...dude, you were seriously gonna keep reading that? No. What you just read is literally the worst kind of writing, in my opinion. Here's the real on Doggy Poo: it is SO WEIRD but you should see it.

I first stumbled across Doggy Poo in 2007. Somehow I'd come across  the cover art online, and if you know me at all, you know I watched that shit twice and then posted an essay on Diaryland. Now it's five years later. Every person who watched Doggy Poo because of me feels a certain kinda way about it, as will you, especially Generation X. As kids, our entertainment characters included a whole multiverse of monsters, dolls, fairy tale things, vaguely humanoid weirdlings and a bunch of unexplainables. Those would be Smurfs, Weebles, the Schmoo, Cousin Itt, Grimace. Everything talked. From an adult perspective, I've grown to appreciate today's "things," like Pokemon, Spongebob, and whatever the Yo Gabba Gabba guy Muno* is -- but even Muno's one-eyed nubbed-for-her-pleasure shape are nothing compared to the strangeness of Doggy Poo.

So allow me to tell you about Doggy Poo.

Once pinched out of a grunting puppy's butt, Doggy Poo plops onto the side of the road, and there he sits, miserable, immobile. Doggy Poo can only mewl, moan, cry and hiccup, forced to endure ongoing torment by wild birds, barn fowl, a year's worth of weather, and a mean pile of soil. Poo's keening mouth quivers, his eyes fill with tears and stream down his...cheeks? On the one hand, you want to sympathize. On the other hand is a plastic glove holding a pooper-scooper.

That's one mean pile of soil. 

Soil is the antagonist who tells Doggy Poo what he is in a taunting tone. "You know where you came from, what else did you think you were?" Soil is eventually guilted by Poo's sorrow into apologizing, but not before his taunts have made Doggy Poo sob appallingly for endless minutes. Soil tells his own sad story: having been dug out of the ground where he was perfectly happy fulfilling his life's work of growing potatoes, he got shoveled onto a cart, and then jounced out and onto the road, where he will soon die at the next passing cart's wheel.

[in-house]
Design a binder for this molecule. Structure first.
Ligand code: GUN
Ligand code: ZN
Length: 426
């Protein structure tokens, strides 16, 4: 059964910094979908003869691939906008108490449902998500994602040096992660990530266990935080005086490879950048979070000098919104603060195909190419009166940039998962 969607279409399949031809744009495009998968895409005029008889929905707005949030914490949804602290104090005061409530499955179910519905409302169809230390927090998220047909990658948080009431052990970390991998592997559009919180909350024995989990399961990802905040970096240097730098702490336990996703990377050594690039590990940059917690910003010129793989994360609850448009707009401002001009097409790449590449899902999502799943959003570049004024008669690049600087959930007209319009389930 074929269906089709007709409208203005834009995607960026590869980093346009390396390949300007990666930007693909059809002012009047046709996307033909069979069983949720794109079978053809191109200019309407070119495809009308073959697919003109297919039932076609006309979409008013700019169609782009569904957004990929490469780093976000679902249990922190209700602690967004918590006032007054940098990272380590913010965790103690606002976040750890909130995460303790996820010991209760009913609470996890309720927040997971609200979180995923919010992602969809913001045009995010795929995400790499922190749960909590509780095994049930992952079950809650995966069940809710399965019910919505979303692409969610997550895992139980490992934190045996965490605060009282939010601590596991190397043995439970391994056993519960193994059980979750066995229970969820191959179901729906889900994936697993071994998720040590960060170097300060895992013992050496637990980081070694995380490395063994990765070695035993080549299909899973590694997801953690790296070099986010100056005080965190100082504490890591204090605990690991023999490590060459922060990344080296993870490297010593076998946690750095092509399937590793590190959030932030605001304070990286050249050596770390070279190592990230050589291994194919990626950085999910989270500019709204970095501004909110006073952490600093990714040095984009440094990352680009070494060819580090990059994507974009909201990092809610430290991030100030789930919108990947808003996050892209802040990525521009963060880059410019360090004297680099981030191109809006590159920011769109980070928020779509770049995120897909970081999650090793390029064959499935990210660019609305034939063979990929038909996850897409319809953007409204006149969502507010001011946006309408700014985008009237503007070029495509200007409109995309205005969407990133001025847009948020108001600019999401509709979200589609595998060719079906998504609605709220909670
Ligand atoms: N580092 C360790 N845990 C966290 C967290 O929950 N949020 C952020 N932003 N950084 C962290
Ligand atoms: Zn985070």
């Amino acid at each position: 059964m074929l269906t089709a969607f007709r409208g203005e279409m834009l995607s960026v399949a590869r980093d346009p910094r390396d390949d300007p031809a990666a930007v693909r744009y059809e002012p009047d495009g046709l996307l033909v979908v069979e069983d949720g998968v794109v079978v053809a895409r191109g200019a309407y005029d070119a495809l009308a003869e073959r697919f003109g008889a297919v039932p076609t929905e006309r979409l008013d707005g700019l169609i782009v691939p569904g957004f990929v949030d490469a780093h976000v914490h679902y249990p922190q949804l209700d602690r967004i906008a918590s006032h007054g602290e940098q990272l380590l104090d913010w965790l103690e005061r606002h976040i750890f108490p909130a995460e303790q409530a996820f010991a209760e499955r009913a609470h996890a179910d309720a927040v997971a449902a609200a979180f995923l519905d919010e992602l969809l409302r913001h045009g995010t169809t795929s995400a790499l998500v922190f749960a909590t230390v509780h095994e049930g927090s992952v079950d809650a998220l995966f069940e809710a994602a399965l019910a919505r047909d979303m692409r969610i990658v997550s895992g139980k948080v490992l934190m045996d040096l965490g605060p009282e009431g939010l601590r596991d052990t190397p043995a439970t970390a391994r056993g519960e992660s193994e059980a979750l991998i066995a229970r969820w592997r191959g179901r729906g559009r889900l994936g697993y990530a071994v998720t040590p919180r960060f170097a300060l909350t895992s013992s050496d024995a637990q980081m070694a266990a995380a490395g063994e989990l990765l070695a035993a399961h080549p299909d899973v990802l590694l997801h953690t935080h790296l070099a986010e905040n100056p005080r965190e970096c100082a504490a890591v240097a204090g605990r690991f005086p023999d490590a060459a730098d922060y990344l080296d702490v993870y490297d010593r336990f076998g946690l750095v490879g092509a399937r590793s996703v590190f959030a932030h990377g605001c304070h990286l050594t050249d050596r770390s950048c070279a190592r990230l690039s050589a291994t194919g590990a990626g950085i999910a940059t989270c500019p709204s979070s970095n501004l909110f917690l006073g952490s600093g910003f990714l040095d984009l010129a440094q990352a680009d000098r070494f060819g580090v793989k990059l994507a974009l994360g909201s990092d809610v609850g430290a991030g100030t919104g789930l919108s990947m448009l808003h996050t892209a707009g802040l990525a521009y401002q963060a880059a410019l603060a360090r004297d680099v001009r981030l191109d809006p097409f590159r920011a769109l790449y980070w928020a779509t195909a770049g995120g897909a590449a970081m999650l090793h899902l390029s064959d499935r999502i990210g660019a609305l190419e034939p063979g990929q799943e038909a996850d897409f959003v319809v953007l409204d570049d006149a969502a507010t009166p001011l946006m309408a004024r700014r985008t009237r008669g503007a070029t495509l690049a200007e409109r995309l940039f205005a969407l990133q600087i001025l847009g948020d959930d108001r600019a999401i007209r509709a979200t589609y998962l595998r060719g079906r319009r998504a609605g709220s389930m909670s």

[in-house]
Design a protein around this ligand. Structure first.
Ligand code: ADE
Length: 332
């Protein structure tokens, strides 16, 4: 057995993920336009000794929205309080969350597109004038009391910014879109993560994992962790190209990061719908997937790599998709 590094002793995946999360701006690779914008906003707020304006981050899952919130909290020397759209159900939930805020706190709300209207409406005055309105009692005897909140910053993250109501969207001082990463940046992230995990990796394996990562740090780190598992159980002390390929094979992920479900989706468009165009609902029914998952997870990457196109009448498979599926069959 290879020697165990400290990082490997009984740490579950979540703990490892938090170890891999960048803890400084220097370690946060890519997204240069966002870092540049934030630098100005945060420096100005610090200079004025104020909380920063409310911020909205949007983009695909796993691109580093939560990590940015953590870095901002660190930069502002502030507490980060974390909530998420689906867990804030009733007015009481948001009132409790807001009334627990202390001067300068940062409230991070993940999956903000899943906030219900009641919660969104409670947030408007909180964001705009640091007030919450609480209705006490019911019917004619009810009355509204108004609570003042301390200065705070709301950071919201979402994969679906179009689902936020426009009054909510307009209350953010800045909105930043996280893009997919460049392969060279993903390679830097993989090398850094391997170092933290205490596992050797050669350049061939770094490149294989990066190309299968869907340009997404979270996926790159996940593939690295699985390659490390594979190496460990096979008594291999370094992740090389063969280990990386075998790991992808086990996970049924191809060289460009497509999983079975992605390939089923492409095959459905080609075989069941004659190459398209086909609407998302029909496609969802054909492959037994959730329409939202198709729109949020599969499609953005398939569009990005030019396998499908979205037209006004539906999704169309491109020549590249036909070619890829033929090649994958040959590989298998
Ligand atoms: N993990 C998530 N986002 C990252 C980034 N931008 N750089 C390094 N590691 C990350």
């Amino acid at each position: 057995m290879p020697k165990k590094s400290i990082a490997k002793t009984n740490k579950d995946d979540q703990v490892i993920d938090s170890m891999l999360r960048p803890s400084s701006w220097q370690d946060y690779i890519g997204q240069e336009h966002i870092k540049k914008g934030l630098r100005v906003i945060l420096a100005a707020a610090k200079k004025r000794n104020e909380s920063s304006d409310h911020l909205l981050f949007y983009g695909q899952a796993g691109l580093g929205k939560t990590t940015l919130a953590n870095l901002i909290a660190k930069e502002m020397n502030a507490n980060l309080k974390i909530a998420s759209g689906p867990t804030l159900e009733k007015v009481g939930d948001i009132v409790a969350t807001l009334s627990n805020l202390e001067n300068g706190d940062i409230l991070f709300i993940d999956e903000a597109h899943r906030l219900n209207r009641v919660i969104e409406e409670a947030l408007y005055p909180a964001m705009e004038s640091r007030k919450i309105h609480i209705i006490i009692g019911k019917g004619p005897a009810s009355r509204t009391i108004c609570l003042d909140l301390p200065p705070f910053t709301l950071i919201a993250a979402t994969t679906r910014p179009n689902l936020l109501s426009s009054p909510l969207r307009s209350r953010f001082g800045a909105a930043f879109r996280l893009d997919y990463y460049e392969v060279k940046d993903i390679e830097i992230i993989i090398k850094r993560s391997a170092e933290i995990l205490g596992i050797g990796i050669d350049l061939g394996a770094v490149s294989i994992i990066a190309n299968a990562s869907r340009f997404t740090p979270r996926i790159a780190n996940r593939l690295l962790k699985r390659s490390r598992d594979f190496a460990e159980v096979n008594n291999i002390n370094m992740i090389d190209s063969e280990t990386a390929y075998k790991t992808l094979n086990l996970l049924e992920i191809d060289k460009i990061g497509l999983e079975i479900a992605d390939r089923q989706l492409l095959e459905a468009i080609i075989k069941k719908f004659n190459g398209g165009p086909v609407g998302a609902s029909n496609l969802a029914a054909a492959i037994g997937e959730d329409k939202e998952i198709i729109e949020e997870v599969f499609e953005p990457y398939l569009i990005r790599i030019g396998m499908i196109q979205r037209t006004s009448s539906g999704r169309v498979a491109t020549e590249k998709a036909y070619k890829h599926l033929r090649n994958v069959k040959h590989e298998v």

Thanks for bumming everybody out, Soil.

Easy to miss given its litany of quirks is the problem of Doggy Poo's time span. The puppy takes a dump in autumn. Through sweeping scenery shots it is suggested that a year passes. In that entire year not one person swept away a grunt in the road? Nor did it get driven over, stepped in, trod upon or washed away in the rain. You begin to wonder if maybe this is going to morph into story about a super-heroic, indestructible poo. Maybe the title is actually his superhero name. Maybe he'll get a cape and a leotard. Big "DP" on the front in comic book font.

Or not.

Okay, I'm poking fun at Doggy Poo. But obviously it made an impression, since this is the second time I'm writing about it, you clicked on this and you've read the whole thing. So I feel I owe you guys this much: It's an uniquely-crafted fable offering a decidedly strange but fresh take on the meaning of life. The stop-motion animation is simple yet elegant, and the voice characterizations are delivered with candor, feeling and completely devoid of irony. Though Doggy Poo dabbles with some universal themes such as entitlement, morality, destiny and class warfare, the ultimate message is that everyone here has a purpose in life. Even if you're just a piece of shit. You know who you are. ∎

(* Muno is a big talking dildo)